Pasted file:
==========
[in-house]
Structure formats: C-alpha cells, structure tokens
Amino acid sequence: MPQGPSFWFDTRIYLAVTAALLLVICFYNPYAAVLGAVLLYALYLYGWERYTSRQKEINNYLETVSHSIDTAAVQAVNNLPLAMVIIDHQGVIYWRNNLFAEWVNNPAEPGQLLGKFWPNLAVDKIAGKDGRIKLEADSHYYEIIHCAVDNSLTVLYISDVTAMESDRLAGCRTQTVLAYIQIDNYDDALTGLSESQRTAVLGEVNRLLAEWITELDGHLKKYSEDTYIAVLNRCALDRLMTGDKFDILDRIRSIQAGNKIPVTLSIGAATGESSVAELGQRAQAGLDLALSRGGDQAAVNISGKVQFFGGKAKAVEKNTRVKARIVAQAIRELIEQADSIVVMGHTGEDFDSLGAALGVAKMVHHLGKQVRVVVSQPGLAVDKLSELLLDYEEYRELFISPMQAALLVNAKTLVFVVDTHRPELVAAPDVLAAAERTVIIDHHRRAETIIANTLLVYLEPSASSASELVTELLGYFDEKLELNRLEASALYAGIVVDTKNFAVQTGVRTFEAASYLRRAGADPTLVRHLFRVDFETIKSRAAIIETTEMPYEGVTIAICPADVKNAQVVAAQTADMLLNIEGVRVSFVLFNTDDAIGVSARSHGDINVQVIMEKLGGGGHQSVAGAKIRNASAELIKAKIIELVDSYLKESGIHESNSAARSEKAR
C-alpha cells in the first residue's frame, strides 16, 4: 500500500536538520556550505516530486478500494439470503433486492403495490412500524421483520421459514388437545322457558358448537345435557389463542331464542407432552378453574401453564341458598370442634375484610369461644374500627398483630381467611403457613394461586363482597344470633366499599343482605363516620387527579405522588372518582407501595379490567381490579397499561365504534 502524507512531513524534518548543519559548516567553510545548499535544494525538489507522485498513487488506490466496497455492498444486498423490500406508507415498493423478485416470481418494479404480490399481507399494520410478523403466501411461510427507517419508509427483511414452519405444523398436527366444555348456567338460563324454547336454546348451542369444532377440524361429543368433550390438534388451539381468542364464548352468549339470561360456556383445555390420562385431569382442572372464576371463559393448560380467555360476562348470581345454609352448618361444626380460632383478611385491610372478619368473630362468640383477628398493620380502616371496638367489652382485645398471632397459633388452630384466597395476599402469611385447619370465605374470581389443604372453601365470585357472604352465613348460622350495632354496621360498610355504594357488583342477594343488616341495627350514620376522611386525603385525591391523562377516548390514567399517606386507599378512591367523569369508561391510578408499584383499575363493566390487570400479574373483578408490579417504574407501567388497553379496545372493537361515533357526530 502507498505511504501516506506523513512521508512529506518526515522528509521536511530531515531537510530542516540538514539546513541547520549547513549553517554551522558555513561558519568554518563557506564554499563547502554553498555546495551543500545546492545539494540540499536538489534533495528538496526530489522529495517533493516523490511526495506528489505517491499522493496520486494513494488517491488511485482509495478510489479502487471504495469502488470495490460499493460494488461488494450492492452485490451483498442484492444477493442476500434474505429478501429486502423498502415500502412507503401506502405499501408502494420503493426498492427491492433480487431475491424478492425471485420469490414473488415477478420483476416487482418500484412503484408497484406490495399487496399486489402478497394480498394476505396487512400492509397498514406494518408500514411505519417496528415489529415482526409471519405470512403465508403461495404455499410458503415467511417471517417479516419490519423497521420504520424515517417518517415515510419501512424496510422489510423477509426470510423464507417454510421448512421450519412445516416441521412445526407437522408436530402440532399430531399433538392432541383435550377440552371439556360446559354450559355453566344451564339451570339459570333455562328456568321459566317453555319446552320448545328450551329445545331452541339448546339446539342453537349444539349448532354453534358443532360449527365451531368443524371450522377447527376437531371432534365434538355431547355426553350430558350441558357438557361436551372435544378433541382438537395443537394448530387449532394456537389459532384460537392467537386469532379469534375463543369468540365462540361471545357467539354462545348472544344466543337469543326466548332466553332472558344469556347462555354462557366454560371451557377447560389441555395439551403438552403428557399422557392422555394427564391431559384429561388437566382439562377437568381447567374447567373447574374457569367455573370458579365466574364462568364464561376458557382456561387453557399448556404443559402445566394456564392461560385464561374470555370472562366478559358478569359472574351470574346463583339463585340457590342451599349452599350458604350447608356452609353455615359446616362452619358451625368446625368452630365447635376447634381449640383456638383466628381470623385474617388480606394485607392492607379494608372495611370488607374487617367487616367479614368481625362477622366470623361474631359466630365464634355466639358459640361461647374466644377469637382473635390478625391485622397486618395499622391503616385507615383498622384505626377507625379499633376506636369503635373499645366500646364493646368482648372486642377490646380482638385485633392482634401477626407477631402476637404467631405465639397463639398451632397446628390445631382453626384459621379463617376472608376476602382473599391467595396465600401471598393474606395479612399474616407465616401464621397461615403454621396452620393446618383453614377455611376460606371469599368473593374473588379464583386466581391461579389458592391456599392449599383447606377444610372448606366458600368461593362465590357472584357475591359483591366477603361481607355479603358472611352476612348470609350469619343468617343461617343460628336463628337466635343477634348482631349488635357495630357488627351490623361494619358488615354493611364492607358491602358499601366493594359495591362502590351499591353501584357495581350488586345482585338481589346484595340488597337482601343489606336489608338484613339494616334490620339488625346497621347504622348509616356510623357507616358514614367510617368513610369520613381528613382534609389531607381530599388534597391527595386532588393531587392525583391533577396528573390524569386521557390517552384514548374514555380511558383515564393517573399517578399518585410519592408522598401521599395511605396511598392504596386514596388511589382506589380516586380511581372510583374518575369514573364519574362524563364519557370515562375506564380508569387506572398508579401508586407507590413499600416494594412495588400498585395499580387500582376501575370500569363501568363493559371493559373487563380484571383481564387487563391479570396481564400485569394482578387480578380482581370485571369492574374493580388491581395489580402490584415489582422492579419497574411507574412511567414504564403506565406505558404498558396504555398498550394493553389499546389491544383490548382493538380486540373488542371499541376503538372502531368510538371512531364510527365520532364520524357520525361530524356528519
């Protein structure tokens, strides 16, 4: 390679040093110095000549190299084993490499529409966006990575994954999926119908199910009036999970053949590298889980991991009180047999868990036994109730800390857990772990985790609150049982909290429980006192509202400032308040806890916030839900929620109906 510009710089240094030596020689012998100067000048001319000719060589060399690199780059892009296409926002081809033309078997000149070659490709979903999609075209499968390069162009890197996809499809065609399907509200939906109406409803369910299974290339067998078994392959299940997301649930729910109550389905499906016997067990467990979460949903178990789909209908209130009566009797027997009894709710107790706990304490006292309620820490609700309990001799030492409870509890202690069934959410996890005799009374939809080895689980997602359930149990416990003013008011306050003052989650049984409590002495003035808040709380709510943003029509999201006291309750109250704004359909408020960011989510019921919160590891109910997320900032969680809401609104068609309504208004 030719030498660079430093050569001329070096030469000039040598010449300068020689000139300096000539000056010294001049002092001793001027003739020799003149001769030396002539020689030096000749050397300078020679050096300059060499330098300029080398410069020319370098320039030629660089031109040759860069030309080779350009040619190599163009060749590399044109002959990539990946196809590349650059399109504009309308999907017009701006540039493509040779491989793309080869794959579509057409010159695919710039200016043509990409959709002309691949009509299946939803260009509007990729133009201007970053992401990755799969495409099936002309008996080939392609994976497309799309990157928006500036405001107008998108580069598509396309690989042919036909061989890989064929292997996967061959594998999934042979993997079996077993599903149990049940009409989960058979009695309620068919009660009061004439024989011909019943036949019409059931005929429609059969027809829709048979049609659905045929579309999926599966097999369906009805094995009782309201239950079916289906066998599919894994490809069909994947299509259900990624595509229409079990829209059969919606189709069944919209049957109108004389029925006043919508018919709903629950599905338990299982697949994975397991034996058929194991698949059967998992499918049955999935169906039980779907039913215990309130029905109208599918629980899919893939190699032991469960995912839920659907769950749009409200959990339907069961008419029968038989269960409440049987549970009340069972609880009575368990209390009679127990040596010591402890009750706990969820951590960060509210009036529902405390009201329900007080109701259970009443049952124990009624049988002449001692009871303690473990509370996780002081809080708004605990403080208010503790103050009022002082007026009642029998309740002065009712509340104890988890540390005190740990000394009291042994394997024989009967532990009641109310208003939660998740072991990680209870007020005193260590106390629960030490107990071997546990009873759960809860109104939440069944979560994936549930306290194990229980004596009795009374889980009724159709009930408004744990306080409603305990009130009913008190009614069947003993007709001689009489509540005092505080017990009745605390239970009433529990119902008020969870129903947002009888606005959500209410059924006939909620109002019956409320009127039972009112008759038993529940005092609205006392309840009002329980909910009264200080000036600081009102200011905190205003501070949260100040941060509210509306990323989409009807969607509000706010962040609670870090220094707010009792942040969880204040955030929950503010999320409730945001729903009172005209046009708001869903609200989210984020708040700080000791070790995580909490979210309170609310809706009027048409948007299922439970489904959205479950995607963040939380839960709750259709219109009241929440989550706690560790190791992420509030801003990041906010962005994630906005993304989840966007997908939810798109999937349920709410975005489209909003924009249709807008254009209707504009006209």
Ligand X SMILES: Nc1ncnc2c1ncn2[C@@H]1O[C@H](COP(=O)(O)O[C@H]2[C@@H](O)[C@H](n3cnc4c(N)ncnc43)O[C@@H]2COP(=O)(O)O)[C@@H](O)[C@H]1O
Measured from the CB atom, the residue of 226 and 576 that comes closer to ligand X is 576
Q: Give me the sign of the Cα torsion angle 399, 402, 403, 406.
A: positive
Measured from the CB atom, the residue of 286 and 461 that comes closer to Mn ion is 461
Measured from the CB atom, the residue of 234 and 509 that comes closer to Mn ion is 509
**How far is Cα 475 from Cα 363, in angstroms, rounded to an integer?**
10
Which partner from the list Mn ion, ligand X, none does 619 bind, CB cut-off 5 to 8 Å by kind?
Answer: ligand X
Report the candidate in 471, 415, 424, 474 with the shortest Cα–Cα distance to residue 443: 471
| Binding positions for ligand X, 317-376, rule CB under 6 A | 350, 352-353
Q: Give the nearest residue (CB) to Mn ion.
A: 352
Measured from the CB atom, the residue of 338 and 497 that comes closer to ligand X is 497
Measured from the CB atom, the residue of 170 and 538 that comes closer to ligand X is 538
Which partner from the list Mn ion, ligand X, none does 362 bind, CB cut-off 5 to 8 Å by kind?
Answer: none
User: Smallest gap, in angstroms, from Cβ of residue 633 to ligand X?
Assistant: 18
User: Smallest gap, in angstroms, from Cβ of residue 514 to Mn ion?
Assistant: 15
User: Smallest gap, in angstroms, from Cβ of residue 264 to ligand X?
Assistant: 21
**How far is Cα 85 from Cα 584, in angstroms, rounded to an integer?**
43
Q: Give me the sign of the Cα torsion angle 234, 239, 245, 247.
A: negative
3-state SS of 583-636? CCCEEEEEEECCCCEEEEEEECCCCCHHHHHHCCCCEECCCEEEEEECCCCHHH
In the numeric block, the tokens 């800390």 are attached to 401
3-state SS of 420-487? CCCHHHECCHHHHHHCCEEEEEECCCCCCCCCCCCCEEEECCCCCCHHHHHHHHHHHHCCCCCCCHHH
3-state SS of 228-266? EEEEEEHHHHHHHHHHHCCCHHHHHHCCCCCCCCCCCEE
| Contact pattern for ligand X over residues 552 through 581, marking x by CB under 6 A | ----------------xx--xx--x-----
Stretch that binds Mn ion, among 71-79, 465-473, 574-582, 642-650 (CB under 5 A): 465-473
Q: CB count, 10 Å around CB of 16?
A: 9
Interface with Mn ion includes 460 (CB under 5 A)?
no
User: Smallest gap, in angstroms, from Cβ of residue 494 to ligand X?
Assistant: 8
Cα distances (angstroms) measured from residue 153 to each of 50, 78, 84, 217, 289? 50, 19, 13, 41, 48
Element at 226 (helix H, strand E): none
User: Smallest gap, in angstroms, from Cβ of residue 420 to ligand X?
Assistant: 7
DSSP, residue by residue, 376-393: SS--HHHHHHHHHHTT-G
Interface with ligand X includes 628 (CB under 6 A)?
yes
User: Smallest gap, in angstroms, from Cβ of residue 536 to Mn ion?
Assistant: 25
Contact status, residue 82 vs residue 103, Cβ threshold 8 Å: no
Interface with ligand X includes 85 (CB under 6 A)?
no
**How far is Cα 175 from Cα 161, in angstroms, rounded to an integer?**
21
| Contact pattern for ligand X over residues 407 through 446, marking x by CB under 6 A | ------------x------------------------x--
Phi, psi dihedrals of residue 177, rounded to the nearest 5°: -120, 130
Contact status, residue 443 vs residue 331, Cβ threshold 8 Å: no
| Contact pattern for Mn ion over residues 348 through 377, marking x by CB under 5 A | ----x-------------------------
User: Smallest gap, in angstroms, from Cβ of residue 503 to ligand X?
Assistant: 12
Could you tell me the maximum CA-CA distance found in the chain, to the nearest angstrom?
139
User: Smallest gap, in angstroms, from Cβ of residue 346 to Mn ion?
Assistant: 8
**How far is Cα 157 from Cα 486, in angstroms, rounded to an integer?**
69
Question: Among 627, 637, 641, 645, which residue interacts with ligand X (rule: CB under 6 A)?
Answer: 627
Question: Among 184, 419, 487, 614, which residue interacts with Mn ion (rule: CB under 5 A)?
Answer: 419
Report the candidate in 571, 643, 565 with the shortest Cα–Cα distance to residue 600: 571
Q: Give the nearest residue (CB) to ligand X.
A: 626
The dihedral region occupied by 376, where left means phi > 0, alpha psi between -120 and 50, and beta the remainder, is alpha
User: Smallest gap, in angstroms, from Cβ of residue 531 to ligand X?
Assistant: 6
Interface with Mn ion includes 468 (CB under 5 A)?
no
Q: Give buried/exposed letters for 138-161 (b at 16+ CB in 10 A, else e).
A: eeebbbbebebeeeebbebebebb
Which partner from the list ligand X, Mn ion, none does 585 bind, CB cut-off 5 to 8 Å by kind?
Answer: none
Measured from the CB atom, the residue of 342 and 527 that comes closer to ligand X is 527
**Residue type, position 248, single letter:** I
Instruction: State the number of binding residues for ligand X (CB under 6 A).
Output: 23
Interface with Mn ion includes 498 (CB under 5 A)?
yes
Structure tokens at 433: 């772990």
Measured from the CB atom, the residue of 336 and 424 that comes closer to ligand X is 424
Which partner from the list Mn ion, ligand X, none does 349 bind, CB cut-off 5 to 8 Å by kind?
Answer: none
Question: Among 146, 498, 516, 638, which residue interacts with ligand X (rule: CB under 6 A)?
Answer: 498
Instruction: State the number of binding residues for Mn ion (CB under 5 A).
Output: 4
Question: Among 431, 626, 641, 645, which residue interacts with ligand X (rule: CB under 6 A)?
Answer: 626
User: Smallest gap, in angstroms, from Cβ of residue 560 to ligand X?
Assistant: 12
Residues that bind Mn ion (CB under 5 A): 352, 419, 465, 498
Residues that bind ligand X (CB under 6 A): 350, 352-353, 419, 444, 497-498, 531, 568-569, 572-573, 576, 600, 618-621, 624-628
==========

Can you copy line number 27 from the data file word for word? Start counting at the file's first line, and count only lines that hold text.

Assistant: 15